Lifestyle

Weight loss means less stress with Oneida health coaches’ program

Retirement couldn’t stop doctors Maggie and Lenny Argentine of Oneida from continuing to reach out to share their own healthy living practices, hoping they might inspire and educate others to move toward those same goals.

From left: Maggie and Lenny Argentine. Their weight loss program prioritizes stress reduction, portion control and other healthy alternatives to crash dieting.

From left: Maggie and Lenny Argentine. (Mike Jaquays/Syracuse New Times)

There is a lot more to living healthier than simply going on a diet, Lenny stressed. “We avoid the word ‘diet’ because diets don’t work,” he said. “Our approach is significantly different.”

Maggie is from Lockport, and studied at the Buffalo General Hospital School of Nursing, the State University of New York Institute of Technology, and Syracuse University. She has a Ph.D in higher postsecondary educational administration, and retired as an adjunct instructor in nursing from Utica College in 2014.

Lenny, a native of Canastota, is an M.D. who studied at the University of Buffalo School of Medicine. He retired from his position as medical director of the Extended Care Facility at Oneida Healthcare in 2014.

The couple met in the mid-1960s at the Buffalo hospital where they both worked. For their first date in 1966, they went to a Buffalo Bills-New York Jets football game.

Their own path to living a life of optimal health started in the summer of 2009, when Lenny learned of their now-parent company Medifast. When he began Medifast’s “5&1 Program,” after a few weeks of weight loss his colleagues began asking him what he was doing to look so much better. Maggie also started the program, with the same positive results.

Both of them reached their weight-loss goals by early 2010. Lenny had lost 46 pounds, and was able to get off all of his medications, including prescriptions for high blood pressure and cholesterol. Maggie lost 30 pounds. They have since maintained within five pounds of their target range, and are now going into their ninth year of the program.

They decided to pay this gift of wellness forward, and became certified health coaches. The business started out as Argentine Health Partners, and they rebranded themselves as part of the Maryland-based Optavia community of healthy lifestyle advocates last December.

Lenny discovered their driving inspiration in 2009, when he was researching the work of Wayne Scott Anderson, a physician who was frustrated with the cycle of treating the symptoms of patients without any real lasting results. Anderson developed a lifestyle management system that creates an overall healthier life approach, to prompt people to rethink their own lives and make healthier choices. He stresses a healthy body, a healthy mind and healthy finances, with a program that focuses on stress reduction, exercise, portion control and getting enough sleep.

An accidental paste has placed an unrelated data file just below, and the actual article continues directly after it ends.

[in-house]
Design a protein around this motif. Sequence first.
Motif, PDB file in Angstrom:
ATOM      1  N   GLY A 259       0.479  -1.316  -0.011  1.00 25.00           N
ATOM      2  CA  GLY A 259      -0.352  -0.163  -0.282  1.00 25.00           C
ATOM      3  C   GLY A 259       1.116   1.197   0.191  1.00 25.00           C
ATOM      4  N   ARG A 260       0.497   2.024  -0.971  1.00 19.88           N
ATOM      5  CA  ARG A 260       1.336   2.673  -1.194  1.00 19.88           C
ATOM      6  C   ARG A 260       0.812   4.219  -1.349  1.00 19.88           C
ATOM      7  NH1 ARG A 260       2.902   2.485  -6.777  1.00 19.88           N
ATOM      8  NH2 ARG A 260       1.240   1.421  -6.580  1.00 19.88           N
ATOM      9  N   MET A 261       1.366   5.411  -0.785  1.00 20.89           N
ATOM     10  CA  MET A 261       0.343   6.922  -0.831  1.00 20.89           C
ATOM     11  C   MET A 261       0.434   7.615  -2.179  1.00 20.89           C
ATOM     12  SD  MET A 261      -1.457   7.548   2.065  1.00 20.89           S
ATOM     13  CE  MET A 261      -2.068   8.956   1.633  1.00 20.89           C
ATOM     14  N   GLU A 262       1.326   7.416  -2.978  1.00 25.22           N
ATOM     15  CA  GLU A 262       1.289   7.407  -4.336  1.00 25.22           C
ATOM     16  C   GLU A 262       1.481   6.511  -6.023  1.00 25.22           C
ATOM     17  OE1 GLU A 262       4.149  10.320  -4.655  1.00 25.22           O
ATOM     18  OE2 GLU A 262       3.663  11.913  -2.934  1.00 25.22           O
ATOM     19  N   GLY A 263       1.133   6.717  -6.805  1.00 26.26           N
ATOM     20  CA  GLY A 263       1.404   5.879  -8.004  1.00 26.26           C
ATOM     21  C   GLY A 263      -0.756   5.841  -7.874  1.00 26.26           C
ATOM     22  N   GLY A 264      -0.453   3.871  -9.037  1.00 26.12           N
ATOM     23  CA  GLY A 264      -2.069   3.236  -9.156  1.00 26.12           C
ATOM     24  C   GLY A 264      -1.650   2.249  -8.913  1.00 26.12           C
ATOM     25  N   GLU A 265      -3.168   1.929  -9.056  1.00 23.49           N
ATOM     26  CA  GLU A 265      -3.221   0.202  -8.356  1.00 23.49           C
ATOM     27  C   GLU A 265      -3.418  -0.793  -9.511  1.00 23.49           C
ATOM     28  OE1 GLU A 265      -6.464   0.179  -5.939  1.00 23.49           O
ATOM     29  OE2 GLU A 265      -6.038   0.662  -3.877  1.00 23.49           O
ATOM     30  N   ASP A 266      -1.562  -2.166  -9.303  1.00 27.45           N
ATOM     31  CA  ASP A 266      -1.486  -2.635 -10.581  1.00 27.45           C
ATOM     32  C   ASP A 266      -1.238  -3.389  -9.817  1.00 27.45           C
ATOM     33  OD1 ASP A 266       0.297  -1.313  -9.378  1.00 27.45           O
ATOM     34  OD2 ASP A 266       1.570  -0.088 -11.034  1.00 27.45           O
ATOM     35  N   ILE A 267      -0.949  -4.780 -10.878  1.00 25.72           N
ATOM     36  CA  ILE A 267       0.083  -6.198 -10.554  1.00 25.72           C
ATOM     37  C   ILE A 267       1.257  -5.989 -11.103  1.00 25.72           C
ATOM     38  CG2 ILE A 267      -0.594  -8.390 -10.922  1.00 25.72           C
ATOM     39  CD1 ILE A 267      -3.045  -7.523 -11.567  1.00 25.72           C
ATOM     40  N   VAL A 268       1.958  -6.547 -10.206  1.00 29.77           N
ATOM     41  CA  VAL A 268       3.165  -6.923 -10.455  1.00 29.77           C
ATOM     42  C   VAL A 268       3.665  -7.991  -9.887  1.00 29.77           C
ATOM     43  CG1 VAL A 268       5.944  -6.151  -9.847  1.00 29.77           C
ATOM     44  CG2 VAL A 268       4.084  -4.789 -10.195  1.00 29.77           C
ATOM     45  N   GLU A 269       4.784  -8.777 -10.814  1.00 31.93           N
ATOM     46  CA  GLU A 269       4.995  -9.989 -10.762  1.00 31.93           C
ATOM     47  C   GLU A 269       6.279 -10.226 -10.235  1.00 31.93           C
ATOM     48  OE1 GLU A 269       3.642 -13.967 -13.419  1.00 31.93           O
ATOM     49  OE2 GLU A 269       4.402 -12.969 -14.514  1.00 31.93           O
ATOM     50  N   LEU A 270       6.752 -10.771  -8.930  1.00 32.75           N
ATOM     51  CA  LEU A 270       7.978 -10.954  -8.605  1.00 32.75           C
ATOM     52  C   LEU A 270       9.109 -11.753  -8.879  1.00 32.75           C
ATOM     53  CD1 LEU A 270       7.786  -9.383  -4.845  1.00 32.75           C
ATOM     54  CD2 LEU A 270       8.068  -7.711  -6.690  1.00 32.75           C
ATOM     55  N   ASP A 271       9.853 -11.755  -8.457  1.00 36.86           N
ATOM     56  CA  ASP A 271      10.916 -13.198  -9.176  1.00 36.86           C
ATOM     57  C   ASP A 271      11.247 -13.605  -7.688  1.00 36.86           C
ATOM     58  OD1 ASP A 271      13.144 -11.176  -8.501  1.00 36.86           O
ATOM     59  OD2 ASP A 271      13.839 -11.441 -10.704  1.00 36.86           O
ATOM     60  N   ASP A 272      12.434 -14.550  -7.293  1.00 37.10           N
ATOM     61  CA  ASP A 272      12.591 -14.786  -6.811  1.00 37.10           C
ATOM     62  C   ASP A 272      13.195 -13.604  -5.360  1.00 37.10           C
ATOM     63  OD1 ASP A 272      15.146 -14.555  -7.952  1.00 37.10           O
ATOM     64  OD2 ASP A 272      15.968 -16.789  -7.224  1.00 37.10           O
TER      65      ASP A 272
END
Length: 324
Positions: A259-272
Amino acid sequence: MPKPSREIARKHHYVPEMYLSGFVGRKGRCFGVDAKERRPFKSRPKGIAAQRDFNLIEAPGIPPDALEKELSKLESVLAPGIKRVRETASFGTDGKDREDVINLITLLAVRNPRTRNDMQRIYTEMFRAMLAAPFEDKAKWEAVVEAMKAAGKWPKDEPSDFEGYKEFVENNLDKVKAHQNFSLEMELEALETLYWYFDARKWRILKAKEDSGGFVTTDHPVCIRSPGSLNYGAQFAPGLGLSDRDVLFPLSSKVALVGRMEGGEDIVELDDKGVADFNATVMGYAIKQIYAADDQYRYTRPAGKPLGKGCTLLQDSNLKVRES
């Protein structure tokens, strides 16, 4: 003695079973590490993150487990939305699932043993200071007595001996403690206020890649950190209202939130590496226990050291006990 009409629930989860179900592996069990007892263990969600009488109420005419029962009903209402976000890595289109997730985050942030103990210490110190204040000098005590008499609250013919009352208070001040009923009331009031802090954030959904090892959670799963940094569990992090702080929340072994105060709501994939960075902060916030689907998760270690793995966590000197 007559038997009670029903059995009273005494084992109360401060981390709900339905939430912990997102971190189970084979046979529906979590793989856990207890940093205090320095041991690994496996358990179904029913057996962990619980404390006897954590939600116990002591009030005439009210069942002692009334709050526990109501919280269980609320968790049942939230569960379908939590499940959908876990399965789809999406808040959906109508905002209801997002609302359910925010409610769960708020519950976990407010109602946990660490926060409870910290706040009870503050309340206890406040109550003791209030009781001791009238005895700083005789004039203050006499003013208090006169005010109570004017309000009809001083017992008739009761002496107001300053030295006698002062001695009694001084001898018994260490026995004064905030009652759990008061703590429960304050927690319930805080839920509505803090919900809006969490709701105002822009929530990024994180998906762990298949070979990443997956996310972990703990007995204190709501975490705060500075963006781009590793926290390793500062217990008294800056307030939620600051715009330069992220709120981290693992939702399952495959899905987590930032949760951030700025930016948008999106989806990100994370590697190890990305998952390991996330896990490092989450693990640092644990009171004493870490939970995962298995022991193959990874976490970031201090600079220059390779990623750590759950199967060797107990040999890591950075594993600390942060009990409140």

Maggie has been involved with studies of childhood obesity since 2001. She collected some of the first data on childhood obesity, she recalled, even before the subject was as much of an issue as it is today. She made growth charts for her students, and encouraged them to come to her if they needed to talk about their weight.

That work continues, as Maggie offers Optavia’s obesity program for people ages 13 to 18. The program features a supervised weight loss outreach for teens, combined with a small community and an online support network, she explained. 

With an international global obesity epidemic gripping both adults and children, the Argentines are exploring ways to position their outreach to grow globally, Lenny said. A single health coach can personally support an average of 23 to 26 clients directly, so they are in need of many more coaches within their community to achieve their mission “to get America, and soon the world, healthy.” 

“Health coaching work is a one-to-one relationship,” Maggie said, “and not all of us have been blessed with the gifts to listen empathetically while celebrating the small victories losing weight requires. For those of us who share those gifts, the rewards are enormous.”

She pointed to recent Facebook Live stories of a client using the pseudonym “Nassandra,” meaning “hope.” Nassandra’s story was the inspiration for Maggie’s revised mission statement, which now reads, “I am a certified health coach whose personal mission is to bring health and hope to those who feel invisible, and are struggling.” 

“Nassandra has never seen herself as healthy, and is most comfortable remaining invisible, while desperate to improve her health,” Maggie explained. “Down 77 pounds since October, sleeping better, reducing her work stress and more, we can actually hear the hope in her voice. The rewards of working with folks like Nassandra are examples of the work we do.”

The Argentines agree they are now in a better position than ever to have even more impact on people in need of a healthier life, focusing on the three main targets of body, mind and finances. “If someone is in need of improvement in any one, or all three, we can help them to achieve what is important to them,” Lenny said.

comments

To Top